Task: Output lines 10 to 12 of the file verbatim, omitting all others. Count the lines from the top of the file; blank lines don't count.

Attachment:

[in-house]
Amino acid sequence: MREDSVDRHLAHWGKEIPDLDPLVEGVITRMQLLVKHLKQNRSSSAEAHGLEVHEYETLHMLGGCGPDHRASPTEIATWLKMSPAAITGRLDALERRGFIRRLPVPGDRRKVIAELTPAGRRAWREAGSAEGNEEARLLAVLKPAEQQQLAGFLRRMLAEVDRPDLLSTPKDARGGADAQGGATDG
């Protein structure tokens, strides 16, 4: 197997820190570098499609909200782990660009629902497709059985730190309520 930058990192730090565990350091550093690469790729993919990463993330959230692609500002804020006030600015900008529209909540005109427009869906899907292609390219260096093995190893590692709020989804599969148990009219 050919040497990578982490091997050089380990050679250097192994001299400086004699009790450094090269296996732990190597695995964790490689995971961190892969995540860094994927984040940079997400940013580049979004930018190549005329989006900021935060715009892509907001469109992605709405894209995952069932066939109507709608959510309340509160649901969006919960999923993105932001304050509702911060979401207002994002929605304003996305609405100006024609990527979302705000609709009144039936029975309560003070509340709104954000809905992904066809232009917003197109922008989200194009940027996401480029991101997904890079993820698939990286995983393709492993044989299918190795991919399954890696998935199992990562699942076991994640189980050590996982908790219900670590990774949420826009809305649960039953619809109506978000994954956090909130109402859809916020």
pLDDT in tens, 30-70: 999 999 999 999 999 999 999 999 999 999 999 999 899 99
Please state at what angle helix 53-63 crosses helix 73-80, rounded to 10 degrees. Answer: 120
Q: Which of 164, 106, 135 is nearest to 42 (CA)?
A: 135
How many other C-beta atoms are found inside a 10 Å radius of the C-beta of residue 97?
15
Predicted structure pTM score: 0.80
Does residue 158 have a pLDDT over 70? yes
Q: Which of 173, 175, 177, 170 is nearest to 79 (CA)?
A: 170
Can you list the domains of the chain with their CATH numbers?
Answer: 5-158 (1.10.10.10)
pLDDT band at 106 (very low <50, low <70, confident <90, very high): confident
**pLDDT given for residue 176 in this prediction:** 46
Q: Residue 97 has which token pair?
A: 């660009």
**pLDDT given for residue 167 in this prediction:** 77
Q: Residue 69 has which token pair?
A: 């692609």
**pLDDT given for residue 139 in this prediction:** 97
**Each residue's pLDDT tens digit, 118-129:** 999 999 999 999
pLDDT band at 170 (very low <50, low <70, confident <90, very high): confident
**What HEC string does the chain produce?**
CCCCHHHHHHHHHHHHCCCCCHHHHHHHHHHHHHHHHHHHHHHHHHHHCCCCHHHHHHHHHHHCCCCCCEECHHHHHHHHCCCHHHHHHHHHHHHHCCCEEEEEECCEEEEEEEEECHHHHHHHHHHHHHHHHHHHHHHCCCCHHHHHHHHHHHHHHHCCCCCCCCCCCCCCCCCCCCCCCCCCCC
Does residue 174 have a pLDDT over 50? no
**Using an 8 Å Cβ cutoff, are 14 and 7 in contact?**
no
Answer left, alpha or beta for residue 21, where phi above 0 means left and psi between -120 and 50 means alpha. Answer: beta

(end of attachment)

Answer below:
Predicted structure pTM score: 0.80
Does residue 158 have a pLDDT over 70? yes
Q: Which of 173, 175, 177, 170 is nearest to 79 (CA)?